Entrepreneurs live in a world that values quick thinking and dynamic action. They believe that in order to build a successful business, they need to hustle. However, as hard as it may be, entrepreneurs should remember that patience truly is a virtue, especially in the world of business.
Learning patience will serve you well — not just with getting new business, but also with building your relationships and your brand. Here’s how you can practice patience at work when you have to wait for things to happen.
See Other People’s Perspectives
It’s easy to judge and share your opinions about how others should tackle certain problems. However, as a leader, it’s important for you to always be objective enough to step back, keep personal opinions aside and see the situation at hand through the lens of the other person. Remember that it’s your job as the leader to see the bigger picture so you can help your employees connect the dots toward a probable solution. This will allow you to step back and handle things with patience instead of acting on instinct.
Be Unbiased When Evaluating Tension Points
Evaluating tension points can reveal problem-solving patterns that can help you foresee the unexpected and get closer to understanding the root causes of problems. But this must be combined with empathy for your employees by showing that you care about their concerns and the tension points that were created. As the boss, it’s important that you remain impartial and never take sides, and are always mindful of other people’s needs, styles and approaches. Taking this unbiased, patient approach will instill trust throughout the office.
Write Down Your Goals and Review Them Frequently
Having goals like hitting a certain revenue figure or expanding to certain locations gives you a bird’s eye view of your business’ path. And attaching reasonable timelines to them will help you see how long it will take the full picture to come together, thus making you less anxious about the short term and more likely to practice patience. Remember, conducting business without any set goals is like shooting in the dark, without any aim or direction.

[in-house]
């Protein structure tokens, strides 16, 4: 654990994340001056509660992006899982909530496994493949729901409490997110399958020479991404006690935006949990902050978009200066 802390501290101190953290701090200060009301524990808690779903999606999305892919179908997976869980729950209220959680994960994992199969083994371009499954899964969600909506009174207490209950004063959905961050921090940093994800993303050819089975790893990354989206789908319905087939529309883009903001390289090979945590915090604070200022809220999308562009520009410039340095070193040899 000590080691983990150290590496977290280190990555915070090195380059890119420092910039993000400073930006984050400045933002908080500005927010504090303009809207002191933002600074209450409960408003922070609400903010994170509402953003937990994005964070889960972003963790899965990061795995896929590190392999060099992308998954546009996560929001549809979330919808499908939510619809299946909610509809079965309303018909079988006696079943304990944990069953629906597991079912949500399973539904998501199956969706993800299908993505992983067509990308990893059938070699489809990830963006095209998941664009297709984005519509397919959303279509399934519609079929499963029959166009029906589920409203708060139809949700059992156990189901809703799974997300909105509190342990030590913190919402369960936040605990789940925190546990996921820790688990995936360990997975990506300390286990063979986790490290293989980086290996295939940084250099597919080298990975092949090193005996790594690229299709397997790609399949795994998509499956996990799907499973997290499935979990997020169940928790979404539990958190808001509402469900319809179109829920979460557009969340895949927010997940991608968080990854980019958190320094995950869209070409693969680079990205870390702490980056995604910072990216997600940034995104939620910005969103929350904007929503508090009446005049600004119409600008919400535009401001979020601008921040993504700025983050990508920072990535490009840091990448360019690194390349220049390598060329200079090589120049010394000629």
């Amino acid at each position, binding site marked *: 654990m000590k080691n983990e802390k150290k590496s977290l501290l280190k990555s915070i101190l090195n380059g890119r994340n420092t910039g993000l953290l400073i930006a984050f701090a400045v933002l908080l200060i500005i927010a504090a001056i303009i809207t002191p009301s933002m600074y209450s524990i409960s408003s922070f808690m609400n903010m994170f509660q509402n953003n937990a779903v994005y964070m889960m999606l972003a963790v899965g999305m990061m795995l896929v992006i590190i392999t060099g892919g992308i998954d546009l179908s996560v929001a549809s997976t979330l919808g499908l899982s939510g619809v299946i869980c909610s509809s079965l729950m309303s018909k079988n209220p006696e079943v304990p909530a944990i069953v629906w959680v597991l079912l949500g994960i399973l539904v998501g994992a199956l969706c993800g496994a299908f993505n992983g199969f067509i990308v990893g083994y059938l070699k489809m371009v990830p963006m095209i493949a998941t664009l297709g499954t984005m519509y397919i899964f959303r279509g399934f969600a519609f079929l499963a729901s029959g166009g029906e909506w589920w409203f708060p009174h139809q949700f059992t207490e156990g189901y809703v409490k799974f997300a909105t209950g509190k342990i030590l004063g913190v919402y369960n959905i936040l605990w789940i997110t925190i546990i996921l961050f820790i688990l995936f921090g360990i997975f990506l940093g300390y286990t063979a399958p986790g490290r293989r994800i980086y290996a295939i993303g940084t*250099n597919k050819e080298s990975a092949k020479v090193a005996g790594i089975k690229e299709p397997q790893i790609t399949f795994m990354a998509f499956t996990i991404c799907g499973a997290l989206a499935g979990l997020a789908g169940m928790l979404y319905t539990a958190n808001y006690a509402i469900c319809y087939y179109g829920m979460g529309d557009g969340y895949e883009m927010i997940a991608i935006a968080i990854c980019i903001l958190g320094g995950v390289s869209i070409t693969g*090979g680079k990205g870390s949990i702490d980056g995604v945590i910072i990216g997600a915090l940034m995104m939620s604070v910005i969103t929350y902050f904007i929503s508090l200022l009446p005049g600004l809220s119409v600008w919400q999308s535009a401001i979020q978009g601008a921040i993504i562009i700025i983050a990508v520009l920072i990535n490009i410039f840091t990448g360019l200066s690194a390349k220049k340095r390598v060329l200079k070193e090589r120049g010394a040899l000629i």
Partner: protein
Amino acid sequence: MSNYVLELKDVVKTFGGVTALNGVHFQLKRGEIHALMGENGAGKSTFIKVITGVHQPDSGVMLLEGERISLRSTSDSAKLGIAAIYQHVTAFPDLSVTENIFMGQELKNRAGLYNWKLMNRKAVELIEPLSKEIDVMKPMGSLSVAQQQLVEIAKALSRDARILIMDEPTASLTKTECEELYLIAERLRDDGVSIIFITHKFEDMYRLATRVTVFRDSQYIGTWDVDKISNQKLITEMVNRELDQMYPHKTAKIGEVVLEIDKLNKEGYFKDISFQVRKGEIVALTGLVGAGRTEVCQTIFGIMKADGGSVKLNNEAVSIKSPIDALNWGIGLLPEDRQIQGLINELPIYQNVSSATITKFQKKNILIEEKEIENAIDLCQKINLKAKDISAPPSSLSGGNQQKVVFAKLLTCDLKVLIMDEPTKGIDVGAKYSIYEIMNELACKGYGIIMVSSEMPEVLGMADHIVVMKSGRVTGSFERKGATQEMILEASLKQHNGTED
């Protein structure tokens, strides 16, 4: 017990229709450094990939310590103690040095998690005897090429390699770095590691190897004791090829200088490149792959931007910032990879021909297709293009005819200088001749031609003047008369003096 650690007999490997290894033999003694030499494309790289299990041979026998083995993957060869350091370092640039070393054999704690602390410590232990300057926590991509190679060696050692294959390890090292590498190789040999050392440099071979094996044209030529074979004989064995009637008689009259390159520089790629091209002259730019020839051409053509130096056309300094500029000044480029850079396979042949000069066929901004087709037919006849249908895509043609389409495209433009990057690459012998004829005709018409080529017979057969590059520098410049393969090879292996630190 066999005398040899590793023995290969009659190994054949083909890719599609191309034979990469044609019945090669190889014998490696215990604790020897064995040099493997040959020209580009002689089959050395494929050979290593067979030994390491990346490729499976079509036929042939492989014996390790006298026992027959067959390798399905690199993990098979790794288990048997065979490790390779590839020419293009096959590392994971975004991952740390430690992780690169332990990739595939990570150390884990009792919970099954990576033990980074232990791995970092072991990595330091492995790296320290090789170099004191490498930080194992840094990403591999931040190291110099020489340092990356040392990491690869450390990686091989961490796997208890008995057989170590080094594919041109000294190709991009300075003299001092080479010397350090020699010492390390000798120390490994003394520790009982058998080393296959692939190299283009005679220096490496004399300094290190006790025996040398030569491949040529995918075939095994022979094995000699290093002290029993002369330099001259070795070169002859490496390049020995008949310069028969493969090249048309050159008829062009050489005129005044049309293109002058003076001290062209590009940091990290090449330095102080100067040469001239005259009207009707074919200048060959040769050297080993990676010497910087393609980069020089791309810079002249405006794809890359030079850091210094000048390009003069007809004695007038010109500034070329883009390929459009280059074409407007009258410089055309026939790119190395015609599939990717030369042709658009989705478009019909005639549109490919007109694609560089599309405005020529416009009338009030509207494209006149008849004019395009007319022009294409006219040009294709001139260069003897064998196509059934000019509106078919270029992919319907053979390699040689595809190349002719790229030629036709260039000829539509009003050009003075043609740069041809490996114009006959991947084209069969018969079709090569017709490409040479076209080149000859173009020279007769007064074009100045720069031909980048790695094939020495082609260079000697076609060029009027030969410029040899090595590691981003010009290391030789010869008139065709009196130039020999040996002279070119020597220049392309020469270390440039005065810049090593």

Seek Perspective from a Trusted Resource
If you find yourself growing too impatient to handle a particular problem, seek advice from a trusted resource or a mentor, someone who can offer you perspective. It’s important to pick your battles and to know when it’s time to seek help.
As business owners, we might grow impatient with employees who don’t follow directions, don’t complete their tasks on time or are always making excuses. The next time you face such a situation, practice some patience and conduct proper due diligence. This can turn the problem into a journey of understanding and collective problem solving. And if you find that you’re responsible for the situation or the problem, be accountable and own it. This is one of the quickest ways to earn trust and respect.
Most leaders have extremely high standards and equally high demands. But avoid overly stretching your expectations for your team. Look at every opportunity to evaluate your maturity, purpose and vulnerability as a leader. The more patient you are, the more compassionate, resourceful and mindful you become as a leader.